I once accompanied my friend, Chi Le, to one of the many ‘street bookstores’ in Hanoi. And there I was amazed at my first site of books, piled on top of each other beside a busy highway, by the world’s greatest writers: Borges, Sinclair Lewis, Camus, Flaubert, Hemingway, Buck in Tieng Viet, Vietnam’s national language.
Although most Vietnamese college students do not read and write in English, this does not mean, however, that they are deprived of the chance to read these classics of world Literature. In fact, having these books in their language places them at an advantage because the burden brought by mentally translating every word and phrase has already been eliminated allowing them to proceed in doing something of even greater importance, and that is seeing themselves and their experiences in the context of these works.
Most Vietnamese students are knowledgeable about these great authors and their works only that they learned about them in their native language. It is worth noting, nonetheless, that most of these works that are considered canons were originally written in a different language, not in English, as these are mostly English translations.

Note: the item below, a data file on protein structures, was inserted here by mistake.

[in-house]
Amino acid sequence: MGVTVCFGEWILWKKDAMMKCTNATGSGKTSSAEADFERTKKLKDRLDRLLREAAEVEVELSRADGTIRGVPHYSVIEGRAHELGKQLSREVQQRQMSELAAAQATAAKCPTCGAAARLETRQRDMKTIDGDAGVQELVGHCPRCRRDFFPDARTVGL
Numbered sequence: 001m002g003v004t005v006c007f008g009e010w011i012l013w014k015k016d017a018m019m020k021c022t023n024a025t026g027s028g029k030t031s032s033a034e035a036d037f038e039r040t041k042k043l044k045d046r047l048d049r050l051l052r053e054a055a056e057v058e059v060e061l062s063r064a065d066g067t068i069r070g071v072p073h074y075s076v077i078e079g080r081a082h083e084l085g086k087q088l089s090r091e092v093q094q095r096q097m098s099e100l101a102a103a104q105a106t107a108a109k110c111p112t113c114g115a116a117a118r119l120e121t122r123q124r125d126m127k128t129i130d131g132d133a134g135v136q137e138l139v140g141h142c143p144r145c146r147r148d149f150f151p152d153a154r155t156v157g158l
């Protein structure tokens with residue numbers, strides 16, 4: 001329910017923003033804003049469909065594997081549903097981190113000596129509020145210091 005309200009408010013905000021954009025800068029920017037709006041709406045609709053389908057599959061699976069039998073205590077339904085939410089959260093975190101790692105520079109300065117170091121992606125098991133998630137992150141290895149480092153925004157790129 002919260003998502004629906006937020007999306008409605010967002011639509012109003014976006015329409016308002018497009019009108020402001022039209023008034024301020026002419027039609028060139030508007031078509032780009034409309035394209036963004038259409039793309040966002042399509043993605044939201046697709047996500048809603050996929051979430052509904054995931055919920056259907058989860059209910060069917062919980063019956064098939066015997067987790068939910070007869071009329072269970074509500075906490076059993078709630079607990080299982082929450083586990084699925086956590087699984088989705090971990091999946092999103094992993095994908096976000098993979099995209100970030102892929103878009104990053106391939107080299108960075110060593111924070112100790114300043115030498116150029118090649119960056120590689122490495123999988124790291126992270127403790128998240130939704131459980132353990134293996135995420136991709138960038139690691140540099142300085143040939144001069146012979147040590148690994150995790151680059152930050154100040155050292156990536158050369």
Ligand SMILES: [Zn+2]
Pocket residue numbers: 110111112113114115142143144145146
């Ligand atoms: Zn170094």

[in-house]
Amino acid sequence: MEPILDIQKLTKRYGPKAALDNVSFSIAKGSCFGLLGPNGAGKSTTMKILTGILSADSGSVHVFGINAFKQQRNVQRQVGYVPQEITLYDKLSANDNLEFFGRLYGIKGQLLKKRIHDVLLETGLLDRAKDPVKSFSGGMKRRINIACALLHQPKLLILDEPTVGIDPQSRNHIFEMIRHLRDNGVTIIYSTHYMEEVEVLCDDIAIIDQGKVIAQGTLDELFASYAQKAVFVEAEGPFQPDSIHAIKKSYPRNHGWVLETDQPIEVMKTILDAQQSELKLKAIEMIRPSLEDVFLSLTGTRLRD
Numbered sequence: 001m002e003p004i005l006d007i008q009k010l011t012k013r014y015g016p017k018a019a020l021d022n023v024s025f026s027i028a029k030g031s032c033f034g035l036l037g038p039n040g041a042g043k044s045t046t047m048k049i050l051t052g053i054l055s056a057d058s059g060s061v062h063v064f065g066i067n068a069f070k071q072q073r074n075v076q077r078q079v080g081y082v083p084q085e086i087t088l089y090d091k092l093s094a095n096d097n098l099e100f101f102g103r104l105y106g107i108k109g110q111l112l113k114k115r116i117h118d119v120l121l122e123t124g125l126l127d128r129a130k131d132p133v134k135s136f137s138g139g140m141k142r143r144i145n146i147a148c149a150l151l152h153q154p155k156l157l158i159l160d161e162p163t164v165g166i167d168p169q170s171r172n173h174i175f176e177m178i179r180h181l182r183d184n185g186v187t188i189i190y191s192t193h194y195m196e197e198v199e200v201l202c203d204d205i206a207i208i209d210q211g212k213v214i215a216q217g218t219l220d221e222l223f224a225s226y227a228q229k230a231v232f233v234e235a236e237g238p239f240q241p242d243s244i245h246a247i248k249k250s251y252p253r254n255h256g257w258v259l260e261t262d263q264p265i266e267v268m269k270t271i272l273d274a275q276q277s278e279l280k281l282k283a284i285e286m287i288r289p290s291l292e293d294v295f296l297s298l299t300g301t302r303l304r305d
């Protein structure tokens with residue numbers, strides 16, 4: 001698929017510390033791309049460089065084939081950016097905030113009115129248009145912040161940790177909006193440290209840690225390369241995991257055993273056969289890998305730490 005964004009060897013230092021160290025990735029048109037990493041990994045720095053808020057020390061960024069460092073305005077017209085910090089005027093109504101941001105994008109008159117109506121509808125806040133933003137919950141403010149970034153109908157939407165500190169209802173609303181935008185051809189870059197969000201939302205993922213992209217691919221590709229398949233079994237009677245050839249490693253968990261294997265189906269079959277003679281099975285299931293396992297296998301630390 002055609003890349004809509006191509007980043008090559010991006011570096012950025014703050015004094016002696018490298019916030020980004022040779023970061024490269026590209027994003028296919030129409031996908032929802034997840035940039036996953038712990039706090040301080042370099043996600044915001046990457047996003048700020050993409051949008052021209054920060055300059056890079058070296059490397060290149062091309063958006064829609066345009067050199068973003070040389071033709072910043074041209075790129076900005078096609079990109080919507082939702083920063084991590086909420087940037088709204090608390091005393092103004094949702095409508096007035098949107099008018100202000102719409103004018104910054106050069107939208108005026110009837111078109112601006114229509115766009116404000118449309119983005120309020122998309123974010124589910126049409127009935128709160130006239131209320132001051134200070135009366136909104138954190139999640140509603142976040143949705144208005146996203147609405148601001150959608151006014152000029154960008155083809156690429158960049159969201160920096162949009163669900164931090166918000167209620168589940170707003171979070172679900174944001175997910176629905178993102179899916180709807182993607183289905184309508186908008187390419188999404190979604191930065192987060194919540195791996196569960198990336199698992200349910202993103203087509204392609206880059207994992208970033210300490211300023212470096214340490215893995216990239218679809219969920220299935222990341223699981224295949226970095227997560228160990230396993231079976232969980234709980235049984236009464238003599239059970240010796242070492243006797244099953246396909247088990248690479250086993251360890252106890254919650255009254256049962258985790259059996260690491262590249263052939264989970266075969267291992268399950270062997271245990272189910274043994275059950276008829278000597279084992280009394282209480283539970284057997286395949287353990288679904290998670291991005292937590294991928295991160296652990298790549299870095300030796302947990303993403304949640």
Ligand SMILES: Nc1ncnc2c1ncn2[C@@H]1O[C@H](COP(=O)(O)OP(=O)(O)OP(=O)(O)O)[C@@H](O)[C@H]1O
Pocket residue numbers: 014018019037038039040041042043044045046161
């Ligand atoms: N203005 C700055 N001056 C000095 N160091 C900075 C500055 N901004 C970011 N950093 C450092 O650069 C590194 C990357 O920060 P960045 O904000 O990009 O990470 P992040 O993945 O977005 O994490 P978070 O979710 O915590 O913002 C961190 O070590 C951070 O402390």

In the Philippines, things are totally different. Most Filipinos look down on works written in Filipino or any regional language. No one is interested in translating these works to Filipino because reading them in English is more ‘convenient’, some are even skeptical that Filipino has enough stock of words in its vocabulary to accurately capture the thoughts in the original work. Some would even declare that English is easier to read and understand than Filipino
But who do we fool? Our students’ English proficiency is on a rapid decline. The ubiquity of BPO companies in the country is giving us a skewed perception of the general condition of the use of English in the country. Granting that we’re able to mimic the American twang or the British nonchalance when speaking, we’re missing the point if majority of the population is living in the darkness of assumed literacy.
And from this something got through me. This blog Salìn, a Filipino word that means ‘translated’ is the product of this desire to make these works more accessible to the reading public. As an initial public offering, I am posting here my translation of an article written by my favorite essayist Umberto Eco. In the mean time, as I am yet to develop fluidity in style and faithfulness to the originals, I shall begin translating shorter articles by Eco from his brief anthology of essays called “How to Travel with a Salmon & Other Essays” and will eventually try doing more ambitious translation projects.